Across the globe, there has been much discussion about the concept of dandelion versus orchid children. According to various studies, a dandelion child is one who manages to thrive regardless of her upbringing (picture a dandelion squeezing through a tiny crack in the concrete to present its shining yellow self to the world), while orchids are far more sensitive, withering in dysfunctional environments and blossoming in nurturing ones.
A woman I met at a writer’s conference introduced me to the idea of dandelion children. She told me, having lived in Sweden for a number of years, that the Swedes are fascinated by the subject and my description of Kate (my main character in When Red Is Blue) reminded her of a dandelion child.
But although on the outside, Kate appears to thrive by getting her master’s degree, holding down a job (albeit as a waitress) and having a relationship that is probably typical for someone in her twenties, she expends vast amounts of energy putting on a confident façade while battling a “suffocating feeling of unworthiness, of being less than everyone else.”
I have to wonder how children are determined to be dandelions. If researchers are simply judging them by what they’ve accomplished based on an average standard and how happy and confident they say they are, I suspect they are being misled by children who are experts at hiding their true selves from people. Based on my own experience and having spoken to many people who grew up in dysfunctional families, there is an overriding, almost obsessive, drive to appear “normal” to the rest of the world, and to hide any and all emotional weaknesses. I suppose it’s partly defiance: “In spite of my family and everything I went through, look – see? I’m just like everyone else!” and partly low self-esteem: “I’m ashamed of who I am so I’m just going to pretend I’m normal so people will like and accept me.”
One thing I do know is that life is complicated for pretty much everyone, not just “flower” children, so perhaps being assigned a single bloom to denote our inner and outer selves is simplistic beyond anything that could be considered real.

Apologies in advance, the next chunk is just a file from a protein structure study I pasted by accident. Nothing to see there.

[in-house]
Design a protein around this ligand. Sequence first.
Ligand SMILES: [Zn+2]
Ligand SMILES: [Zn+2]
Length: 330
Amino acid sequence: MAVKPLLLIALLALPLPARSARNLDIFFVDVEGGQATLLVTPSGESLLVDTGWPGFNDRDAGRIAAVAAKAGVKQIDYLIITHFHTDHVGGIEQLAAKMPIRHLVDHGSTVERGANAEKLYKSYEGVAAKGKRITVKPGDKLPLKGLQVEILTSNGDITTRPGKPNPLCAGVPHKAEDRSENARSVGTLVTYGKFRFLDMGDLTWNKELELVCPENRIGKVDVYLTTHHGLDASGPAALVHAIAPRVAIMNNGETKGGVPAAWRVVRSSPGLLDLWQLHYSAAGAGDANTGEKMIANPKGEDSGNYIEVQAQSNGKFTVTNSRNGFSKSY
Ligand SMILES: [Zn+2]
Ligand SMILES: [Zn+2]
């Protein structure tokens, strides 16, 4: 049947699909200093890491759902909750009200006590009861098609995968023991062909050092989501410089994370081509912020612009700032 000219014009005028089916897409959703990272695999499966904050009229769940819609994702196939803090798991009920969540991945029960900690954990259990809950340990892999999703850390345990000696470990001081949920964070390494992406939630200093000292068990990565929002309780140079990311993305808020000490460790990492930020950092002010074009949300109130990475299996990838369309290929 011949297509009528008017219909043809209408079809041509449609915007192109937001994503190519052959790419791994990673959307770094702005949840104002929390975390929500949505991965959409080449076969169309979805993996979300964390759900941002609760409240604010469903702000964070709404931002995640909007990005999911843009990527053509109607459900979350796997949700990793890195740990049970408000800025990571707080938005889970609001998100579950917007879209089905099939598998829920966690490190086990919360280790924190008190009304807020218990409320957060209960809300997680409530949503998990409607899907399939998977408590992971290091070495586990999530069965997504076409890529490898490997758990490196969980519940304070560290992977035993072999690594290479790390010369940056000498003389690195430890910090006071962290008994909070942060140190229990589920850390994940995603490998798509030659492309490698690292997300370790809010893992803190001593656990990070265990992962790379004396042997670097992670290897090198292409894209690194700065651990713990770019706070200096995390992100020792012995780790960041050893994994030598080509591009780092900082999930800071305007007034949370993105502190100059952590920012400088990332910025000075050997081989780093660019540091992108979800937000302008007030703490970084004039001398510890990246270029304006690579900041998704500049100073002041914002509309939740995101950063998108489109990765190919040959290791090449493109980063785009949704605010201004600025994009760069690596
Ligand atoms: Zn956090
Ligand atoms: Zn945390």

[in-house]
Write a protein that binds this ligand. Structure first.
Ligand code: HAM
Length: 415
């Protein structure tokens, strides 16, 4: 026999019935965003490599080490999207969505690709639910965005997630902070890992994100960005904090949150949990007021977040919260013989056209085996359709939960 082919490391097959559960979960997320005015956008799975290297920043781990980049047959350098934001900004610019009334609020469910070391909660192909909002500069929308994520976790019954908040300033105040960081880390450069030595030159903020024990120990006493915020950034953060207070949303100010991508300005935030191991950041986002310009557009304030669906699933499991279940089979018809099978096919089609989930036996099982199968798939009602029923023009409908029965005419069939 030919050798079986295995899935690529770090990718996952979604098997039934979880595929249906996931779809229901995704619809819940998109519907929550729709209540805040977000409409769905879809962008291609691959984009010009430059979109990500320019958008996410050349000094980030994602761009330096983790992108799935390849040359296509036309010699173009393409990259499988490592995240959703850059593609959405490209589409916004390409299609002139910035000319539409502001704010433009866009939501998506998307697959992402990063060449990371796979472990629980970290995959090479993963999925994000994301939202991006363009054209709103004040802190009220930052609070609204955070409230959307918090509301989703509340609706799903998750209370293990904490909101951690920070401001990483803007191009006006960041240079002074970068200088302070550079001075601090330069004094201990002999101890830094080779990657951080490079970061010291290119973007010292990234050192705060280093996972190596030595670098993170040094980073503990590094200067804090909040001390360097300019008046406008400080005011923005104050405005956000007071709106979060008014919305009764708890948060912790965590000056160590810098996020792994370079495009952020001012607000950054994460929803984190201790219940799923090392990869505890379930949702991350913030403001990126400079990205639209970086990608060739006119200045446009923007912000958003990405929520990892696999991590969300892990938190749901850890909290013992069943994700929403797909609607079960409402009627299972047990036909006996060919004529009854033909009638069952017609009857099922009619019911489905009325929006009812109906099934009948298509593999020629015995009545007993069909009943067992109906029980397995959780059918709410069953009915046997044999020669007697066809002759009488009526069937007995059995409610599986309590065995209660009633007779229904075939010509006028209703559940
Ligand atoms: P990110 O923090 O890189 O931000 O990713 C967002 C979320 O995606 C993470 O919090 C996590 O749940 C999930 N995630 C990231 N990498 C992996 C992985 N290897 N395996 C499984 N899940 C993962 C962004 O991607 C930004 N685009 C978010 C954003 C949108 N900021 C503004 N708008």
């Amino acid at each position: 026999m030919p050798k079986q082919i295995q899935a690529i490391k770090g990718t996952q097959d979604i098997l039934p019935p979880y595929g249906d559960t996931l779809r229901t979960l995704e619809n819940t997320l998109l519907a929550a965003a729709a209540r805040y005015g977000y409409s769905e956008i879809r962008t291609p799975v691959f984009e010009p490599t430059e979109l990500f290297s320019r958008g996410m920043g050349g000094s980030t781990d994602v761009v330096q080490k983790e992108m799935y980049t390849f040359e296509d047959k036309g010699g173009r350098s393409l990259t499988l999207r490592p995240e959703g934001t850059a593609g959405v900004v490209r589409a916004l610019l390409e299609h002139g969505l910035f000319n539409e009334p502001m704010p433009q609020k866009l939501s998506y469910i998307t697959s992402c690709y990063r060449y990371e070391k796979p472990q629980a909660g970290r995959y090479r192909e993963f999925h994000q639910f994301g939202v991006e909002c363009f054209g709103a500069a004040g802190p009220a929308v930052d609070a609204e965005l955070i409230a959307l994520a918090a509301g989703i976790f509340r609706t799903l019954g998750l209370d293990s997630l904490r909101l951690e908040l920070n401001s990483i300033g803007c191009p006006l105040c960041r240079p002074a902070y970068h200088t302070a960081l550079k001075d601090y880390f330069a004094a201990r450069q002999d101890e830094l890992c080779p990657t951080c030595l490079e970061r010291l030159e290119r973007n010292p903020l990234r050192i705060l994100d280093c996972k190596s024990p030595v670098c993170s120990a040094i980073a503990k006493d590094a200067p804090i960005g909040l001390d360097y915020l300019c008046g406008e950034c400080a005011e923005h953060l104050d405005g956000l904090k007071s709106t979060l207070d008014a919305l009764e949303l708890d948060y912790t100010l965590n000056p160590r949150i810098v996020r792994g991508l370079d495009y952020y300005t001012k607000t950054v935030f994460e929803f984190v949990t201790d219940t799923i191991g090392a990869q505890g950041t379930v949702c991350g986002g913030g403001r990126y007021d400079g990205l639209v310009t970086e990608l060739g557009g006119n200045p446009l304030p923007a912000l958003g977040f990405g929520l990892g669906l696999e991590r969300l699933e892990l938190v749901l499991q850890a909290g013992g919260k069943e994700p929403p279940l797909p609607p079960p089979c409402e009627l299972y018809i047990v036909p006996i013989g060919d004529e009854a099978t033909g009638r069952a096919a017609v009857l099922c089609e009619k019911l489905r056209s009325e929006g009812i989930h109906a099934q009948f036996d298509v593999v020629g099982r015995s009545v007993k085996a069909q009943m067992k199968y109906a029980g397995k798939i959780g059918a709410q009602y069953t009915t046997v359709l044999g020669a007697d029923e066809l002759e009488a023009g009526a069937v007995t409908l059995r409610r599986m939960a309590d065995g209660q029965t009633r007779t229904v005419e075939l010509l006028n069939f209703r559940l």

Taking Kate as an example, although from an emotional standpoint she possesses orchid-like tendencies, her inner self also has a determined side. So perhaps the iris is a better choice, as one of the hardier members of the orchid family. By contrast, her public self, the one she’s created in order to survive in the world, would be along the lines of the daisy – ubiquitous and ordinary.
We all have public and private selves that we periodically discard and change into like clothing. When I put on my editing hat for panicky graduate students, I’m the knowledgeable, reassuring thesis paper Nazi, while families looking to sort out their finances encounter the suit-wearing, calculator-packing, prying-into-their-finances me. And of course, the public writer me wants to be seen as helpful and positive, because that’s what I’d like to see in other writers. We even alter our public selves to suit our social media. I came across a quote on Twitter the other day that said: “Facebook is where we lie to our friends and Twitter is where we tell the truth to strangers.” It gave me a chuckle but I could see the point. While I’m happy to wax political and defend my beliefs on Twitter, I try to stay neutral and uncontroversial on Facebook because I know a few of my old acquaintances are polar opposites of me on subjects that can easily lead to cyber fist fights.
When I consider my private selves, I feel like there’s one overriding “flying spaghetti monster”* self whose noodly appendages are touching and influencing my sub-selves. So my private writer me combines the FSM me that is a glass-half-full, tree hugging, animal loving, math nerd workaholic with the desire to lock my pajamaed and unshowered self in an attic for a month to create worlds in peace. The elements that make up our private selves seem to be harder to change as well, like deeply-ingrained habits. Certainly not impossible, just more difficult.
So as we all walk the planet carrying our colorful bouquets, we offer different flowers to different people in an effort to make the best of the lives we’ve created. Long may we bloom!
*According to Wikipedia, the Flying Spaghetti Monster (FSM) is a satirical deity used in the Church of the Flying Spaghetti Monster to promote Pastafarianism, a parody religious movement.